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Google Chrome


Google Chrome is a web browser built with open source code and developed by Google.[1][2] The name is derived from the graphical user interface frame, or "chrome", of web browsers.[3] Chromium is the name of the open source project behind Google Chrome, released under the BSD license.[4]

A beta version for Microsoft Windows was released on 2 September 2008 in 43 languages.



The release announcement was originally scheduled for 3 September 2008, and a comic by Scott McCloud was to be sent to journalists and bloggers explaining the features of and motivations for the new browser.[5] Copies intended for Europe were shipped early and German blogger Philipp Lenssen of Google Blogoscoped[6] made a scanned copy of the 38-page comic available on his website after receiving it on 1 September 2008.[7] Google subsequently made the comic available on Google Books and their site[8] and mentioned it on its official blog along with an explanation for the early release.[9]

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Beta release

A beta version for Microsoft Windows (XP and later only) was released on 2 September 2008 in 43 languages. Mac OS X and Linux versions are under development.[10][11][12] An unofficial workaround for use with Windows 2000, is also available. [13]

On 3 September, a Slashdot news item[14] drew attention to a passage in the terms of service for the initial beta release, which seemed to grant to Google a license to all content transferred via the Chrome browser.[15] The passage in question was inherited from the general Google terms of service.[16] The Register summarized the passage as "Your copyright goes up in smoke."[17] On the same day, Google responded to this criticism by stating that the language used was borrowed from other products, and removed the passage in question from the Terms of Service.[18] Google noted that this change would "apply retroactively to all users who have downloaded Google Chrome."[19]

The first release of Google Chrome passed the Acid1 and Acid2 tests. While it has not yet passed the Acid3 test, Google Chrome scores 78/100—higher than both Internet Explorer 7 (14/100) and Firefox 3 (71/100), but lower than Opera's 84/100.[20] When compared to equivalent "preview" or beta builds, Chrome scores lower than Firefox (85/100), Opera (91/100), and Safari (100/100), but still higher than Internet Explorer (21/100).[20]


Google Chrome
Developed by Google
Initial release September 2, 2008 (2008-09-02)
Stable release none  (n/a) [+/−]
Preview release  (September 5, 2008 (2008-09-05); 10 days ago) [+/−]
Written in C++
OS Microsoft Windows (XP and Vista)
Size 7.4MB
Available in 43 languages
Development status Beta
Type Web browser
License BSD license (source code and Chromium executable),
Google Chrome Terms of Service (Google Chrome executable)

Primary design goals were improvements in security, speed, and stability compared to existing browsers. There also were extensive changes in the user interface.[8] Chrome was assembled from 26 different code libraries from Google and others from third parties such as Netscape.[21]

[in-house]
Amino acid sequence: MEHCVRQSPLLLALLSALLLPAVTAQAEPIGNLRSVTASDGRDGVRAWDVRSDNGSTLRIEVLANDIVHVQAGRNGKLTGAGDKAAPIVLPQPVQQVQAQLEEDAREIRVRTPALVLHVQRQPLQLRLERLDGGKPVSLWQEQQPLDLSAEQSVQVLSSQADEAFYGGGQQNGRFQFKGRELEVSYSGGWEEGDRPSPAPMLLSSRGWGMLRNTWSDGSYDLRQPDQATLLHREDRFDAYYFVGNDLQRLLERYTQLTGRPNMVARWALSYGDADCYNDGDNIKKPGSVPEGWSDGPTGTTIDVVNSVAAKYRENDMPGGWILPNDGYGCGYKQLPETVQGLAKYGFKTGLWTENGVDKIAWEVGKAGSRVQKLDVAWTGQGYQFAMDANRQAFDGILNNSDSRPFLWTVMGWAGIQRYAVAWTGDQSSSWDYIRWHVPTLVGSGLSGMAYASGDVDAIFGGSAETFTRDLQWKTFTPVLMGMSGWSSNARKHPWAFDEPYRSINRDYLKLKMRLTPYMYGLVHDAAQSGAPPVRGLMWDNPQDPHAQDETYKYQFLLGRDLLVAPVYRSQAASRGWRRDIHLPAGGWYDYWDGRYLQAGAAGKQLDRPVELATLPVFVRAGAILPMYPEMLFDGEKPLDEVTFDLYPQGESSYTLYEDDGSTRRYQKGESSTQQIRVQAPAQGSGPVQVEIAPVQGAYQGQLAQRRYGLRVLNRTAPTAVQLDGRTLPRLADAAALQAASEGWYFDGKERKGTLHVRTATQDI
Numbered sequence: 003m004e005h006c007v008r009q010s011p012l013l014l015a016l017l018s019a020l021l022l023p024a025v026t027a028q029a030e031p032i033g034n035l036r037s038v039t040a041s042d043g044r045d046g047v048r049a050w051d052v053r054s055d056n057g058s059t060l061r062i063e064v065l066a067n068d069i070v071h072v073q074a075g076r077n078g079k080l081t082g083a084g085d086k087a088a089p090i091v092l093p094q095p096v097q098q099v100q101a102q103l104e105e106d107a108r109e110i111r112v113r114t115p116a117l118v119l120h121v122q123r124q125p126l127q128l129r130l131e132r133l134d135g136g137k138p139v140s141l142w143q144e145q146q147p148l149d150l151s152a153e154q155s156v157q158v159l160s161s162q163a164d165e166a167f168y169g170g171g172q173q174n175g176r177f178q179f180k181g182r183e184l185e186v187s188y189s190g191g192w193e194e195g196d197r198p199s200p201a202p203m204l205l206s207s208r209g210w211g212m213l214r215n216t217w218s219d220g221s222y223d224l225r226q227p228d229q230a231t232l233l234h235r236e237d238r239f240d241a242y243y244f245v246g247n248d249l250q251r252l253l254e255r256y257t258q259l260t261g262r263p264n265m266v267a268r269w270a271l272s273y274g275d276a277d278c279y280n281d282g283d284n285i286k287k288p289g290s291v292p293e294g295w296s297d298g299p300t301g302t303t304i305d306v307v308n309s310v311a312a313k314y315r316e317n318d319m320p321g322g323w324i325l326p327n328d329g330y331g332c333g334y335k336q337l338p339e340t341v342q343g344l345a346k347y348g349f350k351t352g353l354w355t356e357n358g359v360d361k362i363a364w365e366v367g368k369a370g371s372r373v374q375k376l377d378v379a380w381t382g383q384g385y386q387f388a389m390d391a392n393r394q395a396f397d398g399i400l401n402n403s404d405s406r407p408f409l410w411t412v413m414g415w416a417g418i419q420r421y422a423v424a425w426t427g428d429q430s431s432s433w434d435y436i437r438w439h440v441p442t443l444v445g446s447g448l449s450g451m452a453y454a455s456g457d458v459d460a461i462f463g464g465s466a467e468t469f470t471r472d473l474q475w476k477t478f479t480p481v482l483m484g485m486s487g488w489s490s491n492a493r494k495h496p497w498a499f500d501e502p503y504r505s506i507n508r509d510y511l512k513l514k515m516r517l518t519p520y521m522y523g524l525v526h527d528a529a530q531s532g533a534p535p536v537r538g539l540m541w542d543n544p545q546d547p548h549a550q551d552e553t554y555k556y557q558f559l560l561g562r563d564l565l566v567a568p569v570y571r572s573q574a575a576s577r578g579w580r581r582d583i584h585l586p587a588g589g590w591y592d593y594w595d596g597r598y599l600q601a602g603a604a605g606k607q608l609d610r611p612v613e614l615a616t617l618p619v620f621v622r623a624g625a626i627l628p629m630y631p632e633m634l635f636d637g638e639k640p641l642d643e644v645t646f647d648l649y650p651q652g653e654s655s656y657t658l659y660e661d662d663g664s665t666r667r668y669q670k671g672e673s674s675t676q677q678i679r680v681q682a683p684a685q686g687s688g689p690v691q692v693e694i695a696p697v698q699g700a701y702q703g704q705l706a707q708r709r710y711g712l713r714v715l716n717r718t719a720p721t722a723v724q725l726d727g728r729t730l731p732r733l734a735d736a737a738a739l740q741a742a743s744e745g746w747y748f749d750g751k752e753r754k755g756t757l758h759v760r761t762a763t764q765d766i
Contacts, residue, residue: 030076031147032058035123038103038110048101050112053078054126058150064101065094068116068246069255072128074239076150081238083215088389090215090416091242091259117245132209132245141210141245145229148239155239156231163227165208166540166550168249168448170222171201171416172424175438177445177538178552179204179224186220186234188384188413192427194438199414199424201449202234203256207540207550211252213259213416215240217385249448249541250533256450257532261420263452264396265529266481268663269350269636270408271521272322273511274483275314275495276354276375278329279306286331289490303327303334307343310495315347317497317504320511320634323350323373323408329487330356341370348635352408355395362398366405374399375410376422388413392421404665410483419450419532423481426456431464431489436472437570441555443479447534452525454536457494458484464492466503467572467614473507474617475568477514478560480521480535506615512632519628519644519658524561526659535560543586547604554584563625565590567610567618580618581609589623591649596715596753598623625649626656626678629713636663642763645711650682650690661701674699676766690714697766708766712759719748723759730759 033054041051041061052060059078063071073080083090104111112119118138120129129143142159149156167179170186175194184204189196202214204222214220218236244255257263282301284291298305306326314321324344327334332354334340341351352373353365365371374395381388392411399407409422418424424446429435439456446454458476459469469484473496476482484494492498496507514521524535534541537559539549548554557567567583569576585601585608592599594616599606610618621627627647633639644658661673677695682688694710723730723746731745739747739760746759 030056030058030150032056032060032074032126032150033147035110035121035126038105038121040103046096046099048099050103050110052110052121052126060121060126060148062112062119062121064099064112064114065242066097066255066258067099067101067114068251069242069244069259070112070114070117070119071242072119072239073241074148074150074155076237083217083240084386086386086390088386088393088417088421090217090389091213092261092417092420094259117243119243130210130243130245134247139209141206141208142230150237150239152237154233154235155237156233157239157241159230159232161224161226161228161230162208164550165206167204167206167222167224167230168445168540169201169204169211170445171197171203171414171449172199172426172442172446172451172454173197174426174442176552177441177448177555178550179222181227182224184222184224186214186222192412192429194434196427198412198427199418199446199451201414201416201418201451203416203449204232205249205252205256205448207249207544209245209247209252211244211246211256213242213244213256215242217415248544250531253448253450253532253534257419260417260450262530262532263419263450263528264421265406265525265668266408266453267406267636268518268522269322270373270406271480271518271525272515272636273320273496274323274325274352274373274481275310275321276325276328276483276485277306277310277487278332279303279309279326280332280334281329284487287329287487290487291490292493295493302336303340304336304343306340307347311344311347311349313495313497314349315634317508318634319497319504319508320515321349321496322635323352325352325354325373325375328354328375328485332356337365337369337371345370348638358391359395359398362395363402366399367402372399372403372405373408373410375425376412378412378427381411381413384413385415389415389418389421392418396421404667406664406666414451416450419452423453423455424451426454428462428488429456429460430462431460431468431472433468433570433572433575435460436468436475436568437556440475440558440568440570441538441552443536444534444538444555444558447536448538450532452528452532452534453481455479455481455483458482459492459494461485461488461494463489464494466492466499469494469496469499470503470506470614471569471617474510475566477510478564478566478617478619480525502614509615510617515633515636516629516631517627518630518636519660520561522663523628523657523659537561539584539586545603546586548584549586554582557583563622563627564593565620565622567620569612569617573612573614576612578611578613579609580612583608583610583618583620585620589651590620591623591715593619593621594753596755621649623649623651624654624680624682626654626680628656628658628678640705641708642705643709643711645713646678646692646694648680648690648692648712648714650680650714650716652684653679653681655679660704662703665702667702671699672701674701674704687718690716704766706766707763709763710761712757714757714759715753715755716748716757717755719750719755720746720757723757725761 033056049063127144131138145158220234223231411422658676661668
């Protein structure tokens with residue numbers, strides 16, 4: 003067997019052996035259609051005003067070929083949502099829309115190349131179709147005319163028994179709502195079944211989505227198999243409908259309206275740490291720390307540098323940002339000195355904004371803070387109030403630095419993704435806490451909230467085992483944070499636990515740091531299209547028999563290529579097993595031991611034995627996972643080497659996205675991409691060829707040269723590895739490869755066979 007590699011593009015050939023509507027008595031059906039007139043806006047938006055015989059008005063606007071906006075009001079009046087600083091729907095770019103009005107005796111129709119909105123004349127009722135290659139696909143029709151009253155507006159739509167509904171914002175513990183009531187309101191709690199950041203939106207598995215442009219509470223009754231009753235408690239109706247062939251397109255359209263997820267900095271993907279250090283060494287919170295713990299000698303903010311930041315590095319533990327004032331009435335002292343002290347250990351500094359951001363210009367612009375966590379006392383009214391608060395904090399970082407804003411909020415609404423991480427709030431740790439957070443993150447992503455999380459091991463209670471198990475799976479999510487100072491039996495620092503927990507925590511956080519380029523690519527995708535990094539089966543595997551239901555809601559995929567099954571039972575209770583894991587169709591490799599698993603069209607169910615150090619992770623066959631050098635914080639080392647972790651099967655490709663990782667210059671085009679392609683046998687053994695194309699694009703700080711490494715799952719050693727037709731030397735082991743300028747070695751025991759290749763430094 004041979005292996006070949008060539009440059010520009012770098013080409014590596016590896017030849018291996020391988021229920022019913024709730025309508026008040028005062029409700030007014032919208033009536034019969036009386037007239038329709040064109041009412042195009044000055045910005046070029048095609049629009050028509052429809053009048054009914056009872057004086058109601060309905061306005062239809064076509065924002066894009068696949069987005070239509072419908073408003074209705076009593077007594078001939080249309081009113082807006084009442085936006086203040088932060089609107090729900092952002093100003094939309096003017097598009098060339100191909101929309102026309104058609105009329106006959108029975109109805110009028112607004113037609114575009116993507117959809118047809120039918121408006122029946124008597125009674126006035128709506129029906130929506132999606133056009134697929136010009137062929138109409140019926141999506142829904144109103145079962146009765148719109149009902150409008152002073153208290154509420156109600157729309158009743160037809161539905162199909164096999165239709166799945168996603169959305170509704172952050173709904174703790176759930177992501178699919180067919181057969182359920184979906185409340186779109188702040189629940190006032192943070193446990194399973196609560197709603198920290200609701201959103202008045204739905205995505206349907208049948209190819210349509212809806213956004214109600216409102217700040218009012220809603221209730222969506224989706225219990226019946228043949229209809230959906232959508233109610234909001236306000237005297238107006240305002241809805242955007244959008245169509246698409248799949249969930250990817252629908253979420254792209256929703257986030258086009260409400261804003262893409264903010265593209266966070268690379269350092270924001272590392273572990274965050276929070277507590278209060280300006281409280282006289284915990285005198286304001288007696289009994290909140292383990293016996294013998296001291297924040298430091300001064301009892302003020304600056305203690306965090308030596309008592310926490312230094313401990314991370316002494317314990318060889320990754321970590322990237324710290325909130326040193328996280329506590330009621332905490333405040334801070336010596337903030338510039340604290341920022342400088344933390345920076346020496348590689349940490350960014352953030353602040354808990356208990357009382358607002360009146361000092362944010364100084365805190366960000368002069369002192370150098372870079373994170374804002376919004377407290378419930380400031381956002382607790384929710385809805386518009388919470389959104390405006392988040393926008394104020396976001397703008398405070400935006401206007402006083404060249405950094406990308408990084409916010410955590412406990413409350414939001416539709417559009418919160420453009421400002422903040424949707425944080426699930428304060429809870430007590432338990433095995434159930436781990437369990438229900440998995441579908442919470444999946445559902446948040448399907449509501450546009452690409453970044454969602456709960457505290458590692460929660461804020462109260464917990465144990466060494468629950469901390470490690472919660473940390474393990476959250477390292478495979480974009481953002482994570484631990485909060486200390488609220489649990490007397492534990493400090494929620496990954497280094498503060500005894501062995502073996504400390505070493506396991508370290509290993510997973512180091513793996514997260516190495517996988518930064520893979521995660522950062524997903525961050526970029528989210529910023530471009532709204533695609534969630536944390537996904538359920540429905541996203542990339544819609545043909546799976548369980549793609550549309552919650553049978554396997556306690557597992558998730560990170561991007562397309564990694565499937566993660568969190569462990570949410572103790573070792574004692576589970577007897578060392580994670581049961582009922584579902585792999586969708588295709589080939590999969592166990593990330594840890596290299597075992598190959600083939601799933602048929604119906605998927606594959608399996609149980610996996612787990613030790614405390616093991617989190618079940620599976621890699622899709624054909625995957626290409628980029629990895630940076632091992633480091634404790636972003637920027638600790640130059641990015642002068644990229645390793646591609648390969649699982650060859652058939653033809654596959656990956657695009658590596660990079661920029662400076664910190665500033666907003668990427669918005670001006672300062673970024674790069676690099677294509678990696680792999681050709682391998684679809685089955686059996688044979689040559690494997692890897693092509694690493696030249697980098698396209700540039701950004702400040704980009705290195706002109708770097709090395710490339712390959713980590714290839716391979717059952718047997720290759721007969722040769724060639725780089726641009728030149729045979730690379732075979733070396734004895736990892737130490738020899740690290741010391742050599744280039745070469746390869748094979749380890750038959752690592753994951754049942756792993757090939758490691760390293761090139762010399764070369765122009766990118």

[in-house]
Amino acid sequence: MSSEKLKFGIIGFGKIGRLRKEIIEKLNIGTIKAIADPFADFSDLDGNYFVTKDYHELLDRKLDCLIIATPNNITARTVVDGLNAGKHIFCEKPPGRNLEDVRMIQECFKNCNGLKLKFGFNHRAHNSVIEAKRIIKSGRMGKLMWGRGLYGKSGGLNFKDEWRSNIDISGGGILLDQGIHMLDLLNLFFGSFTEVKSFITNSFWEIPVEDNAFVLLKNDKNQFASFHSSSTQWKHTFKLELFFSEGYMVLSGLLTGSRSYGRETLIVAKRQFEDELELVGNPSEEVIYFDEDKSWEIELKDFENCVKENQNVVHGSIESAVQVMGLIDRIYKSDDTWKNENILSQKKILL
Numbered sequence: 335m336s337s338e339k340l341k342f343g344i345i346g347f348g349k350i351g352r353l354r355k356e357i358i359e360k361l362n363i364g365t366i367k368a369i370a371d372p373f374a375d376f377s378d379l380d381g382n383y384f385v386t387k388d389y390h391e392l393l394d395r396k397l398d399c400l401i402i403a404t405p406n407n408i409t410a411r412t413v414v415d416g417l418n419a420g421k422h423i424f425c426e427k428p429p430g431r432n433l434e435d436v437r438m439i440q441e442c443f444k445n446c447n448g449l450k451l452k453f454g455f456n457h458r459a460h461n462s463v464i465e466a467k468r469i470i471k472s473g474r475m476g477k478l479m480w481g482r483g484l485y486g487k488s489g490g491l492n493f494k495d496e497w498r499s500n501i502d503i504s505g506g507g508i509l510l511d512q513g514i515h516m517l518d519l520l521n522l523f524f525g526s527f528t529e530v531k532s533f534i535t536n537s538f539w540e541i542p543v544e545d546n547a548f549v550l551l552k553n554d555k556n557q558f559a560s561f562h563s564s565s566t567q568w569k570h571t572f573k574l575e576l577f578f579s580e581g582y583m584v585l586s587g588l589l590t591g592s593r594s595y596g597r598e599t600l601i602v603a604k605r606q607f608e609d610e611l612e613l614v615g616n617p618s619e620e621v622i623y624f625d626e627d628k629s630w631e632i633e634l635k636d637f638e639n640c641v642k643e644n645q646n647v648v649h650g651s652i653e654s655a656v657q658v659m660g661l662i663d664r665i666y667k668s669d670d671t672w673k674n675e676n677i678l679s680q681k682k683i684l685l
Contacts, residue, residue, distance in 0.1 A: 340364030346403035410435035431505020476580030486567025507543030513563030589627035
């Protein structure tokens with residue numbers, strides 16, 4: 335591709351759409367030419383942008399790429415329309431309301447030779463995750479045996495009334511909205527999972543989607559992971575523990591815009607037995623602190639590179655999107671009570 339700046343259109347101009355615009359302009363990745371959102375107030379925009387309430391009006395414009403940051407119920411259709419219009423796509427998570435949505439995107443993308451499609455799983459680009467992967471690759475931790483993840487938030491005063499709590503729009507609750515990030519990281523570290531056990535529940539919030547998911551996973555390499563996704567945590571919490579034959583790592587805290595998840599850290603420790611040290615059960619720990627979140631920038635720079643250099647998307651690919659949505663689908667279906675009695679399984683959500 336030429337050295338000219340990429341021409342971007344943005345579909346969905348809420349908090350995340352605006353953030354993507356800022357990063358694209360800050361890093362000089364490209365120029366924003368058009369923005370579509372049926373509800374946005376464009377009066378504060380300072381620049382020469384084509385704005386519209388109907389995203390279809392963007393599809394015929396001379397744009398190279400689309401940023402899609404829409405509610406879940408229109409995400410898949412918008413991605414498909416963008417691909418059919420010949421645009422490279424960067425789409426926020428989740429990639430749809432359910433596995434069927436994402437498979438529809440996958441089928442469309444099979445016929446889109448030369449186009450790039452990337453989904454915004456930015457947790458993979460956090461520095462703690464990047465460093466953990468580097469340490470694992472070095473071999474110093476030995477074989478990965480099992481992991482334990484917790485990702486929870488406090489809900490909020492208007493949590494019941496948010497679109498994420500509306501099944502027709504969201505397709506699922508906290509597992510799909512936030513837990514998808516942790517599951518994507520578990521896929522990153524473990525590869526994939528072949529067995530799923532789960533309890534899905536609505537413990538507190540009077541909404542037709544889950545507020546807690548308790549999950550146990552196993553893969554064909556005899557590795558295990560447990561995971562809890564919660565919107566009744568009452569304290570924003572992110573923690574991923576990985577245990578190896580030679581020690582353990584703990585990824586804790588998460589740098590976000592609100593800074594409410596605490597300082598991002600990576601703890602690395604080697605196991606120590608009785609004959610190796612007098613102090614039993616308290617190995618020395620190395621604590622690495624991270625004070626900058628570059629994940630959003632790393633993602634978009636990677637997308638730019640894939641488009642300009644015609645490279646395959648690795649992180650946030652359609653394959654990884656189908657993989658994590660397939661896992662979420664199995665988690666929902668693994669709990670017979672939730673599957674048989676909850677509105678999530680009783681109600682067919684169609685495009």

Chrome periodically downloads updates of two blacklists (one for phishing and one for malware), and warns users when they attempt to visit a harmful site. This service also is made available for use by others via a free public API called "Google Safe Browsing API". In the process of maintaining these blacklists, Google also notifies the owners of listed sites who may not be aware of the presence of the harmful software.[8]

Chrome will typically allocate each tab to fit into its own process to "prevent malware from installing itself" or "using what happens in one tab to affect what happens in another", however the actual process allocation model is more complex.[22] Following the principle of least privilege, each process is stripped of its rights and can compute, but can not write files or read from sensitive areas (e.g. documents, desktop)—this is similar to "Protected Mode" that is used by Internet Explorer 7 on Windows Vista. The Sandbox Team is said to have "taken this existing process boundary and made it into a jail";[23] for example, malicious software running in one tab is unable to sniff credit card numbers, interact with the mouse, or tell "Windows to run an executable on start-up" and it will be terminated when the tab is closed. This enforces a simple computer security model whereby there are two levels of multilevel security (user and sandbox) and the sandbox can only respond to communication requests initiated by the user.[24]

Typically, Plugins such as Adobe Flash Player are not standardized and as such, cannot be sandboxed as tabs can be. These often need to run at, or above, the security level of the browser itself. To reduce exposure to attack, plug-ins are run in separate processes that communicate with the renderer, itself operating at "very low privileges" in dedicated per-tab processes. Plugins will need to be modified to operate within this software architecture while following the principle of least privilege.[8] Chrome supports the Netscape Plugin Application Programming Interface (NPAPI),[25][26] but does not support the embedding of ActiveX controls.[26] Also, Chrome does not have an extension system such as Mozilla's XPInstall architecture.[27] Java applets support is available in Chrome as part of the pending Java 6 update 10, which currently is in Release Candidate testing.[28]

A private browsing feature called Incognito mode is provided as well. It prevents the browser from storing any history information or cookies from the websites visited. This is similar to the private browsing feature available in Apple's Safari and the latest beta version of Internet Explorer 8.[29]


The JavaScript virtual machine was considered a sufficiently important project to be split off (as was Adobe/Mozilla's Tamarin) and handled by a separate team in Denmark. Existing implementations were designed "for small programs, where the performance and interactivity of the system weren't that important", but web applications such as Gmail "are using the web browser to the fullest when it comes to DOM manipulations and Javascript". The resulting V8 JavaScript engine has features such as hidden class transitions, dynamic code generation, and precise garbage collection.[8] Tests by Google show that V8 is about twice as fast as Firefox 3 and the Safari 4 beta.[30]